Does a Dehumidifier Make a Room Warmer?

Understanding what humidifiers and dehumidifiers do when used in your home is essential when fixing air quality issues. A humidifier adds moisture to the air in your home, while a dehumidifier will remove air through a refrigeration process.

Maintaining humidity levels between 30% and 50% is ideal for indoor residential applications. Levels dropping near or under 30% will call for a humidifier to add moisture.

A dehumidifier is not designed to make a room warmer. When levels exceed 50% relative humidity, a dehumidifier will help remove moisture and elevate home humidity levels. A dehumidifier reduces humidity levels and does not purify the air nor heighten its temperature.

When the weather is hot or cold in your geographical location, a dehumidifier will use a cold refrigeration process to break down the humid air through a condensation step. The air returns to the original level and will not directly add heat to the room or space.

An air purifier is a different piece of equipment that utilizes a different process than a dehumidifier. As humidity levels reduce, so will humid feelings and musty smells often associated with high humidity.

How much heat will a dehumidifier add, and will use one make a room warmer?

A Brief History of Dehumidifiers

In 1903, Willis Carrier innovated a solution to remove high humidity levels in a Brooklyn printing plant. He invented the first dehumidifier, which led to the invention of air conditioning.

The first recorded usage of humidifiers and dehumidifiers started in ancient Greece and Rome to avoid mildew damage in storage areas.

Air conditioners, engineered to reduce humidity in the air by removing excess heat and cooling open spaces, essentially reduce the relative humidity level.

Today, there are many dehumidifier products available on the market. There are basement, crawlspace, residential, and commercial options available for all applications.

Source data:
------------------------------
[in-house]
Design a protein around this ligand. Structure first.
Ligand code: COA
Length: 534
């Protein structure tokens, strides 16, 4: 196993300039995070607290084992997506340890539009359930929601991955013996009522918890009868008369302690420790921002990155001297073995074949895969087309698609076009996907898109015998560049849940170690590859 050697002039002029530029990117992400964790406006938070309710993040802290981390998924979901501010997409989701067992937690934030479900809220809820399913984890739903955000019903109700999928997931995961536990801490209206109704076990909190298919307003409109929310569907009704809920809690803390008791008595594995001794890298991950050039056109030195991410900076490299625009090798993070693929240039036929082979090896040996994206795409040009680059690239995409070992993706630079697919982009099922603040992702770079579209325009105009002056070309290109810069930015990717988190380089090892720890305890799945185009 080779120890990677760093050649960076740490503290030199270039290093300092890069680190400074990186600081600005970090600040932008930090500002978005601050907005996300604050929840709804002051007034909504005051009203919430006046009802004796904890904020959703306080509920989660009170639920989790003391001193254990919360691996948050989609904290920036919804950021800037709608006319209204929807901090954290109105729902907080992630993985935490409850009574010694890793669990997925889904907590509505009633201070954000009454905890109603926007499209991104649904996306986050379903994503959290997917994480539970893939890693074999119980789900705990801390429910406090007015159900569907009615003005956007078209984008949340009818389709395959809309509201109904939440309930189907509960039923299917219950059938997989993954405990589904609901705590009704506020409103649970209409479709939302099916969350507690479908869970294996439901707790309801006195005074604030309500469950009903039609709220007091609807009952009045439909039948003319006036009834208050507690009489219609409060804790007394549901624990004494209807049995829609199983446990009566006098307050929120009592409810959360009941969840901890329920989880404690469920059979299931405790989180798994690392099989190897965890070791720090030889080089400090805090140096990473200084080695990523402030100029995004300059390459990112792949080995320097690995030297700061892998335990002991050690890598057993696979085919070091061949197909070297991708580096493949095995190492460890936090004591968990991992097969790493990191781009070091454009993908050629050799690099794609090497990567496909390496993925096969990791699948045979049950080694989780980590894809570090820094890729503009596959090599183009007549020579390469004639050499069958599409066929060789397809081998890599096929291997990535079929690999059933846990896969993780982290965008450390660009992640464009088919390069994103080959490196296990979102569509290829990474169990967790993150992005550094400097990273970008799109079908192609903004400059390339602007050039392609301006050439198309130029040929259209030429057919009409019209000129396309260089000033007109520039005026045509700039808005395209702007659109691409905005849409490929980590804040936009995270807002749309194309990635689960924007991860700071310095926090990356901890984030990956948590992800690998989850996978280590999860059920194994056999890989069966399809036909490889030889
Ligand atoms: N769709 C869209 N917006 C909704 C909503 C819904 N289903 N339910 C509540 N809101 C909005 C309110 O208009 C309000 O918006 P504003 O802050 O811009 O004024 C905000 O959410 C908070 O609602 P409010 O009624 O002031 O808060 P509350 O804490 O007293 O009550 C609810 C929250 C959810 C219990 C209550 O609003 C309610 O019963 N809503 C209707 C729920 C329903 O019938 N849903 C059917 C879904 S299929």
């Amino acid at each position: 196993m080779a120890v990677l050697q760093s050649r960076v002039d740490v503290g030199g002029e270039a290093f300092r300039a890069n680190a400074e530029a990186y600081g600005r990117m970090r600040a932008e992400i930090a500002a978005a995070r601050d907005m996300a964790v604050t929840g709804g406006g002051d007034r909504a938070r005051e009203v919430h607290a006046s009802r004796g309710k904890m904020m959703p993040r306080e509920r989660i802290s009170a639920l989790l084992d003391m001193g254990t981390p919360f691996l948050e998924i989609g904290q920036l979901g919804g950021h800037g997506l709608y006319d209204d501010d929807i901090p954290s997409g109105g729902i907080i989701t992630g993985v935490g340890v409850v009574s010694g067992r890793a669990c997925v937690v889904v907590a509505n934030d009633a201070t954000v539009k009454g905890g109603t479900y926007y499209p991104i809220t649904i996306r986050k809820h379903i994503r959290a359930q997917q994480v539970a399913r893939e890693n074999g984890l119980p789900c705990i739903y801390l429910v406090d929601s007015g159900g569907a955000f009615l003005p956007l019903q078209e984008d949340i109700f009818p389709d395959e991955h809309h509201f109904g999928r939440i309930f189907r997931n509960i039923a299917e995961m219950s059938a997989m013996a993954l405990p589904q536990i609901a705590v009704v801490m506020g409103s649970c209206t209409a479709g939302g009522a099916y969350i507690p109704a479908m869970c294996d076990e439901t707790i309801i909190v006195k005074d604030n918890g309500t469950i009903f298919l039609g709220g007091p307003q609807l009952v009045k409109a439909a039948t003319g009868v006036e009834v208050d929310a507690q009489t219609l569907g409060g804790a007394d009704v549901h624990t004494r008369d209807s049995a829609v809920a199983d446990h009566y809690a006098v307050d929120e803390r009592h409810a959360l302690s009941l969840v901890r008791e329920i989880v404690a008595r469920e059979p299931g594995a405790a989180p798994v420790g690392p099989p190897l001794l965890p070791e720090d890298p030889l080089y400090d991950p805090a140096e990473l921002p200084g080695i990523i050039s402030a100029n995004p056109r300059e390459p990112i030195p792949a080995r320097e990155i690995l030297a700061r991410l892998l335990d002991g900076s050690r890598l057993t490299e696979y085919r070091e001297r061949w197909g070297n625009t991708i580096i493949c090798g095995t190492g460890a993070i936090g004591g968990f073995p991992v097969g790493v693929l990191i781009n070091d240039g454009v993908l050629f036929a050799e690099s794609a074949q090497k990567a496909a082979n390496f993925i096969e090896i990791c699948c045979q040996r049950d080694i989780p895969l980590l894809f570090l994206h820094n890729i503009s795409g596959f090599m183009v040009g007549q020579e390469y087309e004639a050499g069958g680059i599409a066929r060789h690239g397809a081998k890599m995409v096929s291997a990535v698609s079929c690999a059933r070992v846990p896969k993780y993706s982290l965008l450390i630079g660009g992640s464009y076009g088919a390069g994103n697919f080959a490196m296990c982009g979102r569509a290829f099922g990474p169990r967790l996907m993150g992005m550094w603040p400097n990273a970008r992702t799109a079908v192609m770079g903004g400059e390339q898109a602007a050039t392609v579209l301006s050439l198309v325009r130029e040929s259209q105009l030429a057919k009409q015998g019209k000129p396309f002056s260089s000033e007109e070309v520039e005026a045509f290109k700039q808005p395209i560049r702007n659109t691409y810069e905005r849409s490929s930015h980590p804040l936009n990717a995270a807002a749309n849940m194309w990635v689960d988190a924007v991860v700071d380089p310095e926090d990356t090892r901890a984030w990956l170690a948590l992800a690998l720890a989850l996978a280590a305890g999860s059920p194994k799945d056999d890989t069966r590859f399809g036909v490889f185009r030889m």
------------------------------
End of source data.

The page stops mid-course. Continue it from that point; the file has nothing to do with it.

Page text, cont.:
Dehumidifier units rate by the number of water pints removed daily, measuring performance. Multiple retailers offer consumers various dehumidifier makes and models.

The larger the whole-home dehumidifier unit, the more moisture they can remove throughout the day. Portable units are best for specific areas, and whole-home systems best regulate humidity levels throughout the home.

How Does a Dehumidifier Work?

A dehumidifier will remove moisture from the air, making a living space less susceptible to dust, allergens and improving overall conditions. It is important to note that while using a dehumidifier, the air is essentially becoming drier.

The process of dehumidification goes through a self-contained or whole-home refrigerant system. The whole-home system works as both a humidifier and dehumidifier, retaining control over humidity levels all year long.

To better understand if a dehumidifier can make a room warmer inside your home, the first step is to understand the process.

The following is how a dehumidifier works:

1. Air is drawn into the unit. Air from the room space draws into the dehumidifier system through a slotted grille. A fan sucks the air into the device.

2. The evaporator coil cools warm air. The air sucked into the unit is cooled by moving over freezing refrigerant pipes.

3. Warm air condenses. Once warmed, the moisture-ridden air drips into a pan, one drop at a time. Some portable units come with a bucket that requires dumping once a water level reaches.

Whole-home systems push collected condensation through a hose leading outside of the home. Follow the manufacturer’s instructions on emptying collected water from portable units.

4. The air is then reheated. The atmosphere is now free of moisture and moves from the cold pipes over hot condenser pipes. Reheating the now cooler air, free of water, increases the temperature.

5. Air is distributed through the room. The air is pushed out into the room until it reaches the desired level. The atmosphere is now warmed to the actual temperature when entering the system is now pushed back into the space, free of moisture.

Different dehumidifier systems handle a certain number of pints of water per day. This requirement bases itself on individual needs and specific water removal amounts.